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The Case for Tolerance

  • George P. Fletcher (a1)

For people to live together in pluralistic communities, they must find someway to cope with the practices of others that they abhor. For that reason, tolerance has always seemed an appealing medium of accommodation. But tolerance also has its critics. One wing charges that the tolerant are too easygoing. They are insensitive to evil in their midst. At the same time, another wing attacks the (merely) tolerant for being too weak in their sentimentsof respect. “The Christian does not wish to be tolerated,” as T. S. Eliot said; and by this he meant to claim, presumably, that the Christian desires respect and acceptance, and not merely the forbearance suggested by “tolerance.”

To make the case for tolerance, we must engage in a three-front campaign: first, against intolerance; second, against the moral failing of indifference; and third, against the desirability of respecting and accepting everyone. The central claim in making this case will be that unlike these three competing sentiments, tolerance is a complex attitude toward the behavior and beliefs of others. Its complexity consists in both moral disapproval (or atleast cultural rejection) and the avoidance of interference. If there is a case to be made for tolerance, it must derive from this peculiar complexity. After surveying its alternatives, I will argue that the complex sentimentof tolerance is more readily praised than its alternatives.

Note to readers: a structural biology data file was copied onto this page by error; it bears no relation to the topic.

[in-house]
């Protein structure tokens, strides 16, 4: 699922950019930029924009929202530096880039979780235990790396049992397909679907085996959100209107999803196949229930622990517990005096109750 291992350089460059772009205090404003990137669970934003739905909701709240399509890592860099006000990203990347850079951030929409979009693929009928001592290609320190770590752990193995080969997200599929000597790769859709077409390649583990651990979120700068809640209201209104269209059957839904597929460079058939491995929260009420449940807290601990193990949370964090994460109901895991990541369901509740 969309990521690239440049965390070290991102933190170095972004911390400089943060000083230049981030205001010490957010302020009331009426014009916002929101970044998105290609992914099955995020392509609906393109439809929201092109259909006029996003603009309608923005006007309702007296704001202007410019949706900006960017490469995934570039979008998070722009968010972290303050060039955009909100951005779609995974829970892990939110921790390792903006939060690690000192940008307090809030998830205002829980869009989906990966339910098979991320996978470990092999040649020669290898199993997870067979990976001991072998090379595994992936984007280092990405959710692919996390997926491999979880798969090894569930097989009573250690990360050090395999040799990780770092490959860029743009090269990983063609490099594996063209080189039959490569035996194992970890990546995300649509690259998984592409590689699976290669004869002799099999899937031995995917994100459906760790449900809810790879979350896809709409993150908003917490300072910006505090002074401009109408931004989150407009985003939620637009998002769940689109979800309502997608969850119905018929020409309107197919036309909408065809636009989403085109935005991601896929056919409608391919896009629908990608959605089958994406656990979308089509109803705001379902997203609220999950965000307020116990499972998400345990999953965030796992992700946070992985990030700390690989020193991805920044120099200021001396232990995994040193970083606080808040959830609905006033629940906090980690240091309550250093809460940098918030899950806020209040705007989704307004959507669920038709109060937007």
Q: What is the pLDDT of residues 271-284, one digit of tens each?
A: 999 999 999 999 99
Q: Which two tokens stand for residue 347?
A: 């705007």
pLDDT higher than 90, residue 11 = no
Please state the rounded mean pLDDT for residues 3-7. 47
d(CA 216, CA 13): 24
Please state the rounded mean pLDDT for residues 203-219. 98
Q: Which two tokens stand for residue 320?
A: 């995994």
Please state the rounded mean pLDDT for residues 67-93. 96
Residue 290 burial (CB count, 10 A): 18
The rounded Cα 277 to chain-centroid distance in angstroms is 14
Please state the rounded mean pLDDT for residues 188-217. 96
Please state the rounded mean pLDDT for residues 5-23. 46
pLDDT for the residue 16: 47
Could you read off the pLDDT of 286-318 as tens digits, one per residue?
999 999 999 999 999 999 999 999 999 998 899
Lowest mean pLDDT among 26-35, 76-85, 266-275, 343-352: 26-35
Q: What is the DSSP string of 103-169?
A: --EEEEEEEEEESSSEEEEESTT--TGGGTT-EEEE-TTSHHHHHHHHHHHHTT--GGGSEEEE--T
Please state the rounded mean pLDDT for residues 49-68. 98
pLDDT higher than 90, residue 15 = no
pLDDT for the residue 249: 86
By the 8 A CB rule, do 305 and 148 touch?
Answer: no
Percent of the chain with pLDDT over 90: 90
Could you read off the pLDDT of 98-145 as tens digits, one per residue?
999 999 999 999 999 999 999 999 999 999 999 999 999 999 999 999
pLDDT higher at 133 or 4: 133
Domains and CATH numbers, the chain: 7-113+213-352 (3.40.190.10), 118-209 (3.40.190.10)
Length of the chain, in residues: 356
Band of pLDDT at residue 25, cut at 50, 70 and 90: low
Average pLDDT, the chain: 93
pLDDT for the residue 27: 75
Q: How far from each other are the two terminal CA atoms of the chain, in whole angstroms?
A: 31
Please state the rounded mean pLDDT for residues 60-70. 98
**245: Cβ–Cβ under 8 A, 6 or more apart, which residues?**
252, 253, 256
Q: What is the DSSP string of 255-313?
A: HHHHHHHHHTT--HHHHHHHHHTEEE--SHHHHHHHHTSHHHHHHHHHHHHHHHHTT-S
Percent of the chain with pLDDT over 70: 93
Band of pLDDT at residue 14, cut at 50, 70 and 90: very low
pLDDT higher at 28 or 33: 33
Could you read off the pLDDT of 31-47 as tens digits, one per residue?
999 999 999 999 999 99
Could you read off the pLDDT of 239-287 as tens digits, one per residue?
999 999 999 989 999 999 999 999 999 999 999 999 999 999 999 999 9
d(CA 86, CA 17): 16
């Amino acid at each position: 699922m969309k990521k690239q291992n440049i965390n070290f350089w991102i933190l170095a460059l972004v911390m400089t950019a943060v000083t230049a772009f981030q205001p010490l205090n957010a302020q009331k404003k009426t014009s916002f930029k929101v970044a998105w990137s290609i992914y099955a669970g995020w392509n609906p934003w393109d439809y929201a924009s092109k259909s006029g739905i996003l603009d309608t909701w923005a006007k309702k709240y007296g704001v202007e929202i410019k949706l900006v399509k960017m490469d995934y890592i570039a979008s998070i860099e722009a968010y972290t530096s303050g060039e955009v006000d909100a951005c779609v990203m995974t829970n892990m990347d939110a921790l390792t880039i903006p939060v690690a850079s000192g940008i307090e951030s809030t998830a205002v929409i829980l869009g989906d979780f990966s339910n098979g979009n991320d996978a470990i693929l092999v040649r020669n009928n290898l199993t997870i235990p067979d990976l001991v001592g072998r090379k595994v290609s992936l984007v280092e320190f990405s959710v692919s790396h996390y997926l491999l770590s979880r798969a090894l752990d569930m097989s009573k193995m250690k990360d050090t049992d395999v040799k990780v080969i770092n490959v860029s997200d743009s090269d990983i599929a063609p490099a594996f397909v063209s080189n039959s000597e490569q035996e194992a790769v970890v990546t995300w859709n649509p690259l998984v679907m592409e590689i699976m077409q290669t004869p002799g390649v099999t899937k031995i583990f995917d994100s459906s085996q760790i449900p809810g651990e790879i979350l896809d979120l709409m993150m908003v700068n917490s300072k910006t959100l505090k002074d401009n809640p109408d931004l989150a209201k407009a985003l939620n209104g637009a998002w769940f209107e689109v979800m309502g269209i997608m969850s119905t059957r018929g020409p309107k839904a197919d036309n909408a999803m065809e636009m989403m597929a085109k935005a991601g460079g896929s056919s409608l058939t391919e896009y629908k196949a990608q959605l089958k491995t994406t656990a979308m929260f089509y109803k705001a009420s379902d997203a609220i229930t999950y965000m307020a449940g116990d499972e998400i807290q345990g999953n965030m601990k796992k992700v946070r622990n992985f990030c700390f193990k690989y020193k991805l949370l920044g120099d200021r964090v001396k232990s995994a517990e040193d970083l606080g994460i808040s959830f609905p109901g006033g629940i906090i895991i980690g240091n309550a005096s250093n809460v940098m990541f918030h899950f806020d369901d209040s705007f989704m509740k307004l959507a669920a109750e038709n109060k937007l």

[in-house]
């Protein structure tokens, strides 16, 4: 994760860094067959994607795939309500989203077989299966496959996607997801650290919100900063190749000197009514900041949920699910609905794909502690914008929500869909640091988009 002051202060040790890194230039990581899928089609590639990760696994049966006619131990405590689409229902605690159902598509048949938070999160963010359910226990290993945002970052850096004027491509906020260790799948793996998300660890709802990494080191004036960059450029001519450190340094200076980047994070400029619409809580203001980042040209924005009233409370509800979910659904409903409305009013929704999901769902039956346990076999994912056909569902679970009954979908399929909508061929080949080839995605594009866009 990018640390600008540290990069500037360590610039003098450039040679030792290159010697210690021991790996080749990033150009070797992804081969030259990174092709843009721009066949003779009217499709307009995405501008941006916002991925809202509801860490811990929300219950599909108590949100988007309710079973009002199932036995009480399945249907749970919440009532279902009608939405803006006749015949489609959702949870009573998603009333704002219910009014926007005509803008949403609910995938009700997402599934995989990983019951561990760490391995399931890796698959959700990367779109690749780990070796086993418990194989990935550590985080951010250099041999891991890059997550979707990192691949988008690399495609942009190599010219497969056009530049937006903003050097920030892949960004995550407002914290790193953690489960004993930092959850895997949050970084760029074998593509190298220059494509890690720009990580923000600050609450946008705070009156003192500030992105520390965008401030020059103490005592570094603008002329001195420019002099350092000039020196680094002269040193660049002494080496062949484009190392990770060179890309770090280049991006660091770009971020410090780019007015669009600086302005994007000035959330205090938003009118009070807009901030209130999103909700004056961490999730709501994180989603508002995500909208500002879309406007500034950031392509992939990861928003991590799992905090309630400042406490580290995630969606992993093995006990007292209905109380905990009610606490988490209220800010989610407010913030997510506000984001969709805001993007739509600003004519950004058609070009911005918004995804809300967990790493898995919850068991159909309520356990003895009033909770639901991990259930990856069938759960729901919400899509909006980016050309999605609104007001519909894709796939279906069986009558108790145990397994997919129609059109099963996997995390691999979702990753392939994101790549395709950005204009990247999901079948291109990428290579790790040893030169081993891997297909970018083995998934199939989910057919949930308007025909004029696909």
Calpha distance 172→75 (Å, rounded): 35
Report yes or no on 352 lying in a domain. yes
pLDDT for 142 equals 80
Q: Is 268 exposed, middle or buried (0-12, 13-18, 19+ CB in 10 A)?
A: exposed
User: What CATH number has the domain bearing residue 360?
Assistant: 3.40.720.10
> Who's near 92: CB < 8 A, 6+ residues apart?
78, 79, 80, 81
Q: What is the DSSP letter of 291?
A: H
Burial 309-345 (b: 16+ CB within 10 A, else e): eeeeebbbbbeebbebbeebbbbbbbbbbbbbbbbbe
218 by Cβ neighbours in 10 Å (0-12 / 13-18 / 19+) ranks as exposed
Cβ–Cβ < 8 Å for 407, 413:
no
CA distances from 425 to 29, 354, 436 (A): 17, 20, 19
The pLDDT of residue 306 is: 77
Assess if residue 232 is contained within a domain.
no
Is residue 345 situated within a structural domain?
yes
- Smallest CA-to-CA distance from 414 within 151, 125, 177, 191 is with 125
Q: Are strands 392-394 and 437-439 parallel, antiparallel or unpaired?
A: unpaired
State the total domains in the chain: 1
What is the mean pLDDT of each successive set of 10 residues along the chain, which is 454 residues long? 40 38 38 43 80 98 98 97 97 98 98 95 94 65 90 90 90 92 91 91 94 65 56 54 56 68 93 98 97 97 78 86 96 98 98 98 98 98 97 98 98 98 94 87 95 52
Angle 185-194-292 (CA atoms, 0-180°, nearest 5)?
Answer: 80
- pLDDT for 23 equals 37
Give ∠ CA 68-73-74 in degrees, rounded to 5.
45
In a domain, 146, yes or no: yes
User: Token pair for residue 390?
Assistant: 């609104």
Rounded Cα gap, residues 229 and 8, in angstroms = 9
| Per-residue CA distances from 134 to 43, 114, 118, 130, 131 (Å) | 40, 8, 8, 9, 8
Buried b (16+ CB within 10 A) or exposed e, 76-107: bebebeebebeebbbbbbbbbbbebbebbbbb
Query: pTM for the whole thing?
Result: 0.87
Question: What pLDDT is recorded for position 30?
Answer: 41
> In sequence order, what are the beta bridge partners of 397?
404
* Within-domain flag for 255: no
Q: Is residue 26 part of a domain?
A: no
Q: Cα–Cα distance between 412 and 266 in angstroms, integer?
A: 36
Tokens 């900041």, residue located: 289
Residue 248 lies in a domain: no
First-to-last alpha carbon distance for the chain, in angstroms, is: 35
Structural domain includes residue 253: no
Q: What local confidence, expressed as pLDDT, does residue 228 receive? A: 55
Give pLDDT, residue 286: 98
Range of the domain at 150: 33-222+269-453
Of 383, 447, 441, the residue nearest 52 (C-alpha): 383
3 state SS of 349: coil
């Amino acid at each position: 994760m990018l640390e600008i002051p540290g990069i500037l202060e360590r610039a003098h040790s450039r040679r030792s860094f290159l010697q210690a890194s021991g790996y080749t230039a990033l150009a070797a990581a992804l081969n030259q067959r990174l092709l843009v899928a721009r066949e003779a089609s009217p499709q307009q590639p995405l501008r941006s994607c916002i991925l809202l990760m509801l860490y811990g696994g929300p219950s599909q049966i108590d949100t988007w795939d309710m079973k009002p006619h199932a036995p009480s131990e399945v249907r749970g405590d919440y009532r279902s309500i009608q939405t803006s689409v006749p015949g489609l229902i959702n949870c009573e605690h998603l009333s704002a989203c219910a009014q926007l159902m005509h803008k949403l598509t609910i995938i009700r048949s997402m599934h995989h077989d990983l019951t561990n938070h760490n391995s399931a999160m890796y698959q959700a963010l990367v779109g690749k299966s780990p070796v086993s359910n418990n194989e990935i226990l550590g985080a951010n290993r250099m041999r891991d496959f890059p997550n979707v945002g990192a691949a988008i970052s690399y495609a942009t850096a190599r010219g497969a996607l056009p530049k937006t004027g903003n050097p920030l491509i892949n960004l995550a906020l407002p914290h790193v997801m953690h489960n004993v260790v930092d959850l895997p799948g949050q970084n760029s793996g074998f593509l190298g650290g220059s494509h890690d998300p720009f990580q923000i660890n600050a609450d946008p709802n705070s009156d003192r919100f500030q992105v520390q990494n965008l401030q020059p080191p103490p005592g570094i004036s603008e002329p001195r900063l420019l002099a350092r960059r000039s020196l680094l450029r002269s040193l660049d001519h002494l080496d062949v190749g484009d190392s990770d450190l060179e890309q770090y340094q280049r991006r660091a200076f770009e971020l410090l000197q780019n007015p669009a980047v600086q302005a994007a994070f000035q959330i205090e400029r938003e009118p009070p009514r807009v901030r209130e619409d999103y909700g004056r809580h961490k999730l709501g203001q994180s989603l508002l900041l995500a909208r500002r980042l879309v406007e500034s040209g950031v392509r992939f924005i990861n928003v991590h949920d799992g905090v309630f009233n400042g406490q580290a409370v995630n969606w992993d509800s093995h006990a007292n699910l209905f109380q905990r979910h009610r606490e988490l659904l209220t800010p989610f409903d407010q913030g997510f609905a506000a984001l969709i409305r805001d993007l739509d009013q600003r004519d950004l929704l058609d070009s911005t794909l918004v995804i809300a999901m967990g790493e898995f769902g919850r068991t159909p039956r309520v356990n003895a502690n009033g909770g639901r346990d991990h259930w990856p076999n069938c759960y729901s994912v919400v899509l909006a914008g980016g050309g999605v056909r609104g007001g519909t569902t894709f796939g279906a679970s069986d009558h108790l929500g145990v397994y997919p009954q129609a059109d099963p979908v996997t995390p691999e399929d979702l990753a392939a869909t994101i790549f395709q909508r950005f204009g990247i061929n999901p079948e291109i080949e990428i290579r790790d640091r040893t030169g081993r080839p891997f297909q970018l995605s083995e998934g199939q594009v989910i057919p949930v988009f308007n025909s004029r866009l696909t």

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1 International Herald-Tribune, August 8, 1994, p. A5.

2 See Church of Lukumi Babalu Aye v. Hialeah, 113 S.Ct. 2217 (1993).

3 Locke John, A Letter Concerning Toleration, ed. John Horton and Susan Mendus (London: Routledge, 1991), p. 17.

4 Rawls John, A Theory of Justice (Cambridge: Harvard University Press, 1971), p. 212.

5 For a general study of the problem, see Feinberg Joel, Harm to Others (Oxford: Oxford University Press, 1984).

6 The doctrine of the Immaculate Conception holds that Mary, the mother of Jesus, was born without original sin.

7 See Locke, A Letter Concerning Toleration, p. 23.

8 See Leibowitz Yeshayahu, Judaism, Human Values, and the Jewish State, ed. and trans. Eliezer Goldman (Cambridge: Harvard University Press, 1992).

9 On this point, see Dan-Cohen Meir, “In Defense of Defiance” (unpublished manuscript).

10 See Locke, A Letter Concerning Toleration.

11 Kant Immanuel, Fundamental Principles of theMetaphysics of Morals, trans. Abbott Thomas K. (New York: Liberal Arts Press, 1949).

12 This connection is more obvious in other languages. The same root generates both tolerance and patience in German (Geduldsamkeit and Geduld), Hebrew (sovlanut and savlanut), and Russian (terpimost' and terpenie).

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Social Philosophy and Policy
  • ISSN: 0265-0525
  • EISSN: 1471-6437
  • URL: /core/journals/social-philosophy-and-policy
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